In the early nineties, I lived in a landlocked part of Queens, only vaguely aware of the water. I crossed the East River by bike daily, but I saw it mostly as a twinkling grid through the steel-grate roadway of the Queensborough Bridge. On some days, a damp, fishy breeze sneaked through our neighborhood, bringing a whiff of the Keys or the spray from a distant Atlantic storm. But despite these reminders, the presence of water in the city struck me as an archaeological relic. All I could see of the riverfront were stretches of oily concrete and sad sheds behind a chain-link fence. I knew that a canal still lurked beneath Canal Street, and that pleasure boaters sailed in Pelham Bay. On weekends I might make an excursion to Coney Island, where ghostly broadcasts of ancient Dodgers games drifted across the dilapidated beach.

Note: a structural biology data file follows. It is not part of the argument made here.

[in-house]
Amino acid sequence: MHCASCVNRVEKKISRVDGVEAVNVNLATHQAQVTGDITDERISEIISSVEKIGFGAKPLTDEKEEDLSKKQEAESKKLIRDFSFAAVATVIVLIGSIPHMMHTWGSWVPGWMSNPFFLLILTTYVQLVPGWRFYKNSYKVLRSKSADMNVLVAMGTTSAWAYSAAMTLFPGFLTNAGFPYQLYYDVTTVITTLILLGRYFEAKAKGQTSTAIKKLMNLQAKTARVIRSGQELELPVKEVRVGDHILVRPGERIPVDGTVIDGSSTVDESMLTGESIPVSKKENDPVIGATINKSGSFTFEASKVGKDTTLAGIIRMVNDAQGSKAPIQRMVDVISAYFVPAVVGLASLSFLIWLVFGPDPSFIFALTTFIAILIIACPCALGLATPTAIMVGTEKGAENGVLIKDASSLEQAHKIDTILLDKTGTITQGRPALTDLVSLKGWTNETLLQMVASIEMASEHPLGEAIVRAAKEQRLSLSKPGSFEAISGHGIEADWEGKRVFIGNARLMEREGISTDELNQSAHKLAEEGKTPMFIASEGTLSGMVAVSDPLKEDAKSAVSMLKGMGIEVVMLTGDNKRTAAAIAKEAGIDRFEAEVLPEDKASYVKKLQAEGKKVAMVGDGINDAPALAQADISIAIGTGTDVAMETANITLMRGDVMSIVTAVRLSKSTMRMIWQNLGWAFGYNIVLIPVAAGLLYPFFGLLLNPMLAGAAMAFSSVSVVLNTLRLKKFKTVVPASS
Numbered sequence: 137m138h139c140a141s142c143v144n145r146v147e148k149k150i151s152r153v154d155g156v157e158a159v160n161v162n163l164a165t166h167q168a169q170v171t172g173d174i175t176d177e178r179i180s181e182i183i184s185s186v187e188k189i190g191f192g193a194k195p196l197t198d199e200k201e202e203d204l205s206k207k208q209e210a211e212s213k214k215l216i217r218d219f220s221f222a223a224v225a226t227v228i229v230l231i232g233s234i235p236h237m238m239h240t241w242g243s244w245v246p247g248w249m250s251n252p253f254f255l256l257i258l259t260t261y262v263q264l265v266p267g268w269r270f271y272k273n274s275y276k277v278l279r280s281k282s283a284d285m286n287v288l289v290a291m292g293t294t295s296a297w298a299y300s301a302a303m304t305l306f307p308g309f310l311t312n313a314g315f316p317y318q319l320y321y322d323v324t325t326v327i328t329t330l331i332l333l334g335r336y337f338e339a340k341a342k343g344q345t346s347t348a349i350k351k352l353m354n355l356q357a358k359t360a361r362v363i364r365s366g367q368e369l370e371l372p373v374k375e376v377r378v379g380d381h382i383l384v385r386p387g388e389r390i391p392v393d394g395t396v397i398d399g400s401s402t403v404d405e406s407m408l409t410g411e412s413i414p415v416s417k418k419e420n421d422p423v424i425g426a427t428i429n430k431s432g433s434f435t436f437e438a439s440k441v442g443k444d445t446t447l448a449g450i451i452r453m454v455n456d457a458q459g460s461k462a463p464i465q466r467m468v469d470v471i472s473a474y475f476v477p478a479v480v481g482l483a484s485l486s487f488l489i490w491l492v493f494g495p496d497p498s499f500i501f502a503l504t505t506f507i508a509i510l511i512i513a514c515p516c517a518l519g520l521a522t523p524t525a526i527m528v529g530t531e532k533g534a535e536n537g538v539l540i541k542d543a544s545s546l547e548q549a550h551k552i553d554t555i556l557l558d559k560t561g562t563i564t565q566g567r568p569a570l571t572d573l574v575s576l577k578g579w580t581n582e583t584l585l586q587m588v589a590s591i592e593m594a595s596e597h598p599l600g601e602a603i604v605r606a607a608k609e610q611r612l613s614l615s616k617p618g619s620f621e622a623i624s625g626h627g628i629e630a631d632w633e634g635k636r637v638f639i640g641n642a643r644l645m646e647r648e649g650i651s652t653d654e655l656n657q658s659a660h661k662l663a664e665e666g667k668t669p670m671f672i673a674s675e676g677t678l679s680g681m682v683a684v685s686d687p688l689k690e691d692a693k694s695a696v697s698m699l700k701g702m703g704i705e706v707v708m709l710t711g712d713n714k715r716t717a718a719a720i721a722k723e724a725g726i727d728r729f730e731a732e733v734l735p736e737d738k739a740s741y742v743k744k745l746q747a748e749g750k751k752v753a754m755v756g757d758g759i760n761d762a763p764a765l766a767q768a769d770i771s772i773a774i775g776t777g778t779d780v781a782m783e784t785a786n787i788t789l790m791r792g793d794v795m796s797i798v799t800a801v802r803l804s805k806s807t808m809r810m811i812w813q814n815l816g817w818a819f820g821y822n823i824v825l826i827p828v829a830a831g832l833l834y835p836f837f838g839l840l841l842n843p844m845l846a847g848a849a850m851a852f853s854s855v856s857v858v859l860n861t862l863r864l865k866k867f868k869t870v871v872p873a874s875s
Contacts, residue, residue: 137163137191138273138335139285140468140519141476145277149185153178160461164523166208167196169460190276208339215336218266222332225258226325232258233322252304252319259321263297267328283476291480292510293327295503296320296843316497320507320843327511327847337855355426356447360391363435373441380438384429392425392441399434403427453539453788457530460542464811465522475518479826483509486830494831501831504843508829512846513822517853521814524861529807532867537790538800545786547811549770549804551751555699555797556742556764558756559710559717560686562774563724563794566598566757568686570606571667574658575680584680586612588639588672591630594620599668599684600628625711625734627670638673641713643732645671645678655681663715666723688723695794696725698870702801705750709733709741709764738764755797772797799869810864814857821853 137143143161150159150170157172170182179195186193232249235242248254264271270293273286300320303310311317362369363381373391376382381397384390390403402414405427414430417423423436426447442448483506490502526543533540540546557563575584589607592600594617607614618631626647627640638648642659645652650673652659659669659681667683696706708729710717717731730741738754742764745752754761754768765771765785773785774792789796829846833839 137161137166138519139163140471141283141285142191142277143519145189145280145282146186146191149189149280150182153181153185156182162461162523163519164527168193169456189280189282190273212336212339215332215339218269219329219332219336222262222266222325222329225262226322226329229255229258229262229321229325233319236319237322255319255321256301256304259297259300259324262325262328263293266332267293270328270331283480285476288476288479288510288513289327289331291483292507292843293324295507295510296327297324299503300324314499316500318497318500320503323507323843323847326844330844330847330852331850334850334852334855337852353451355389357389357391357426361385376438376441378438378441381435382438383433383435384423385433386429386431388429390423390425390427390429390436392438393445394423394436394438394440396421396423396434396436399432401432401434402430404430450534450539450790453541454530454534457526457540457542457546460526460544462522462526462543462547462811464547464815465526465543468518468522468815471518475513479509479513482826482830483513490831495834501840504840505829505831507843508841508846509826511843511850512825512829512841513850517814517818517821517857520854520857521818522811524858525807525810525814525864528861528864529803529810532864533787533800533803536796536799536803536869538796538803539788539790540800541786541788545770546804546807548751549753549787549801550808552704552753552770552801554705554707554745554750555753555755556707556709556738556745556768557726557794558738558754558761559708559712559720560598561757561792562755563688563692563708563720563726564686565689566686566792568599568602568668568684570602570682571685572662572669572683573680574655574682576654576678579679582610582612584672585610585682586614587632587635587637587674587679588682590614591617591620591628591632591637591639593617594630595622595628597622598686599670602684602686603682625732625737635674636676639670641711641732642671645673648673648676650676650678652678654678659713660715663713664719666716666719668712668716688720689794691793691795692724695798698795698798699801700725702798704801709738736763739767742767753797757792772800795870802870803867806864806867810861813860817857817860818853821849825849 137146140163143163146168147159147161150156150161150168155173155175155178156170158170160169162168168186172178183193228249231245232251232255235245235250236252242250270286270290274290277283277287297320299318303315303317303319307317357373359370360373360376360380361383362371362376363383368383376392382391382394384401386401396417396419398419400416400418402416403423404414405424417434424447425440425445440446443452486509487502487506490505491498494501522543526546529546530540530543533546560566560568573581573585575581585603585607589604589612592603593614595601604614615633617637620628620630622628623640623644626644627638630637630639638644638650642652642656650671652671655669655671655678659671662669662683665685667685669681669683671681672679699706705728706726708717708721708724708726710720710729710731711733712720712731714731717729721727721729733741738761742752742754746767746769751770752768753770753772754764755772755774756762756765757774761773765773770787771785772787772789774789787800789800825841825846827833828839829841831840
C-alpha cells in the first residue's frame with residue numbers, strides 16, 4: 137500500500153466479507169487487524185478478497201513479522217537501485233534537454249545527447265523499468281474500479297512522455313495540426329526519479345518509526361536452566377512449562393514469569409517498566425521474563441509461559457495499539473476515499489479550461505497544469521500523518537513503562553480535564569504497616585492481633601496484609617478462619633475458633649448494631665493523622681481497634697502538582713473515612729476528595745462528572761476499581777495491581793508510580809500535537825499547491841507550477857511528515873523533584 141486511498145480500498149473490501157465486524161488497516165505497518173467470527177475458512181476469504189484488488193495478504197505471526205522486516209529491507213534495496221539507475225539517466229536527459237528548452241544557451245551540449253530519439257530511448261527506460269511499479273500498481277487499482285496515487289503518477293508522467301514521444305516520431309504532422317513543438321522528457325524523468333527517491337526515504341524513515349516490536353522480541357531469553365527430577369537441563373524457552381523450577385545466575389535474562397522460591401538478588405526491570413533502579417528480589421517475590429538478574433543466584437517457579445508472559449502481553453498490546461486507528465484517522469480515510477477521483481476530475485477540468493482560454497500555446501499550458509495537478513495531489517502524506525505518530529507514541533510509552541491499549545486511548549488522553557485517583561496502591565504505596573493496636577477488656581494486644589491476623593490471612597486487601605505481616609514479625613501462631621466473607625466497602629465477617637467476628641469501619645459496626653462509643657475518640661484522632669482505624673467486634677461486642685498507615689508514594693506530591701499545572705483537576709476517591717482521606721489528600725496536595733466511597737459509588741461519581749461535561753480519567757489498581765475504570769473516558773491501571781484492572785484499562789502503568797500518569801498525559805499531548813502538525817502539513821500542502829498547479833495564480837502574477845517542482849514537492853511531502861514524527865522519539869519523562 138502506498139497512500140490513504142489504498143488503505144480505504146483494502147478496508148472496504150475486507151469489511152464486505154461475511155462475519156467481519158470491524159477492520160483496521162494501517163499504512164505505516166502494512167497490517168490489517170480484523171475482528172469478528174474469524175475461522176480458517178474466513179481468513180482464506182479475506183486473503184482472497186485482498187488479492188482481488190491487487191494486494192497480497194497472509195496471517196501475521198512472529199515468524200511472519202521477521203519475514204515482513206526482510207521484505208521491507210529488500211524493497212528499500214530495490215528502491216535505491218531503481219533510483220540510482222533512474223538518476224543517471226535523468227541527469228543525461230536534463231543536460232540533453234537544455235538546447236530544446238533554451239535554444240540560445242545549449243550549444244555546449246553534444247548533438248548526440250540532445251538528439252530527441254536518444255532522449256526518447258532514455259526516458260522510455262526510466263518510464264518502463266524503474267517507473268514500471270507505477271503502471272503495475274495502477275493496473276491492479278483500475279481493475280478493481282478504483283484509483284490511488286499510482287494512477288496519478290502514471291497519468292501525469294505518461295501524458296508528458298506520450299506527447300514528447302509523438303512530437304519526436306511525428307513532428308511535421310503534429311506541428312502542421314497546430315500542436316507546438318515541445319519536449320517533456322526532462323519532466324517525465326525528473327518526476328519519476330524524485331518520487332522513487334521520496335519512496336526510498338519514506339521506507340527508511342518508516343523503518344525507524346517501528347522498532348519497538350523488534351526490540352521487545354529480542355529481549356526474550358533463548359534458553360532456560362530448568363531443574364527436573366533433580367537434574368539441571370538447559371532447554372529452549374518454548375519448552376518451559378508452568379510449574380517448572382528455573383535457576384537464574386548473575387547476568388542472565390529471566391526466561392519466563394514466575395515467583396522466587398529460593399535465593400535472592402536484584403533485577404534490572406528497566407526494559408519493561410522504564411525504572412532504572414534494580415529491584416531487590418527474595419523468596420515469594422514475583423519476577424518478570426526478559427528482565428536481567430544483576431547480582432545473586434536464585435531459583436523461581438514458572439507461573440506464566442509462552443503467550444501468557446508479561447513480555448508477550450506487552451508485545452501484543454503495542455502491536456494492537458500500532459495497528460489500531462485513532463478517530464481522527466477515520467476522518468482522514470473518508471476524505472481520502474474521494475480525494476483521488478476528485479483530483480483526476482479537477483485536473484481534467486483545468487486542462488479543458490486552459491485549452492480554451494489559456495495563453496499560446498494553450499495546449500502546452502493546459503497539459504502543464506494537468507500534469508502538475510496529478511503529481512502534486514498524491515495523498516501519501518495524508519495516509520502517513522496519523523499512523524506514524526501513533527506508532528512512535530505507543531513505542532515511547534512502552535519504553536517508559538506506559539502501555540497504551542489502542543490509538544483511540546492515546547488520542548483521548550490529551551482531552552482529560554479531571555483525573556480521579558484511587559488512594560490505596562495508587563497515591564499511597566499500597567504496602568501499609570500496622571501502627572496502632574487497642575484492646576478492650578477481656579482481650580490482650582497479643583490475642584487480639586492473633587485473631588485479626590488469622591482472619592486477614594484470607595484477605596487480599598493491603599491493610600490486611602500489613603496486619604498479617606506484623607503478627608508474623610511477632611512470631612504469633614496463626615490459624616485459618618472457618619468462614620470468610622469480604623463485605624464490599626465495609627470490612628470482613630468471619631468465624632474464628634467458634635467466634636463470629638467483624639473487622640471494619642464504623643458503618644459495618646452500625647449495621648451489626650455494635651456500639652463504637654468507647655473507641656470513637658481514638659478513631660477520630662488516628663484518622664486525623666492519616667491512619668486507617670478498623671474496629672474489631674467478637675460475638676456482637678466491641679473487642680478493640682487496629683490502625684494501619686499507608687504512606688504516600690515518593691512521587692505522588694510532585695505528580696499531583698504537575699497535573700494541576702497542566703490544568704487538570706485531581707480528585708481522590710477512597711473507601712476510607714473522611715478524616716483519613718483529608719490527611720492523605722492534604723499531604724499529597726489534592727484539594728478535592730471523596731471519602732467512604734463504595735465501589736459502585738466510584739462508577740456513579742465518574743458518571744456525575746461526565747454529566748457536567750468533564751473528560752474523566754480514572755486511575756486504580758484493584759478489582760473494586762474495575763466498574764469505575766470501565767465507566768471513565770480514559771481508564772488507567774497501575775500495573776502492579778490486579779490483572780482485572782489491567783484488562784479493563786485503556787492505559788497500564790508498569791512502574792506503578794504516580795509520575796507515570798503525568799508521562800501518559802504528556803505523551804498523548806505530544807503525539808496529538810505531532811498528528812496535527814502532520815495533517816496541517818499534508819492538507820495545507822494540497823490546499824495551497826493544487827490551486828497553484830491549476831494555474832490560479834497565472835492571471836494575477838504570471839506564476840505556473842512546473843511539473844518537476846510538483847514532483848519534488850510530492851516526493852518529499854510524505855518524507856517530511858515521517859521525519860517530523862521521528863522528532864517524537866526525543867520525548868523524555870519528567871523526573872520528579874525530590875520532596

Twenty years later, the New York that’s still reeling from Sandy is a much more maritime place, and the waterfront is shockingly pretty. These days, you can paddle from one kayak launch to any of 46 others, canoe down the Bronx River, bike for miles along the Hudson, and commute by ferry from Williamsburg to the base of Wall Street. We have discovered the pleasures of conducting our leisure activitiesskateboarding, sunbathing, drinking, watching movies, even swinging on a trapezewithin sight of boat traffic.
New York is besotted with its waterfront, or was, until Sandy made it clear that the city resembles the shipwrecked boy in Life of Pi, sharing a lifeboat with a Bengal tiger. Like the beast, the water is beautiful, alluring, and vicious. The storm demonstrated that we can’t get away, we can’t confine it, and we can’t beat it back. As the Bloomberg report makes clear, the only option is a cautious love.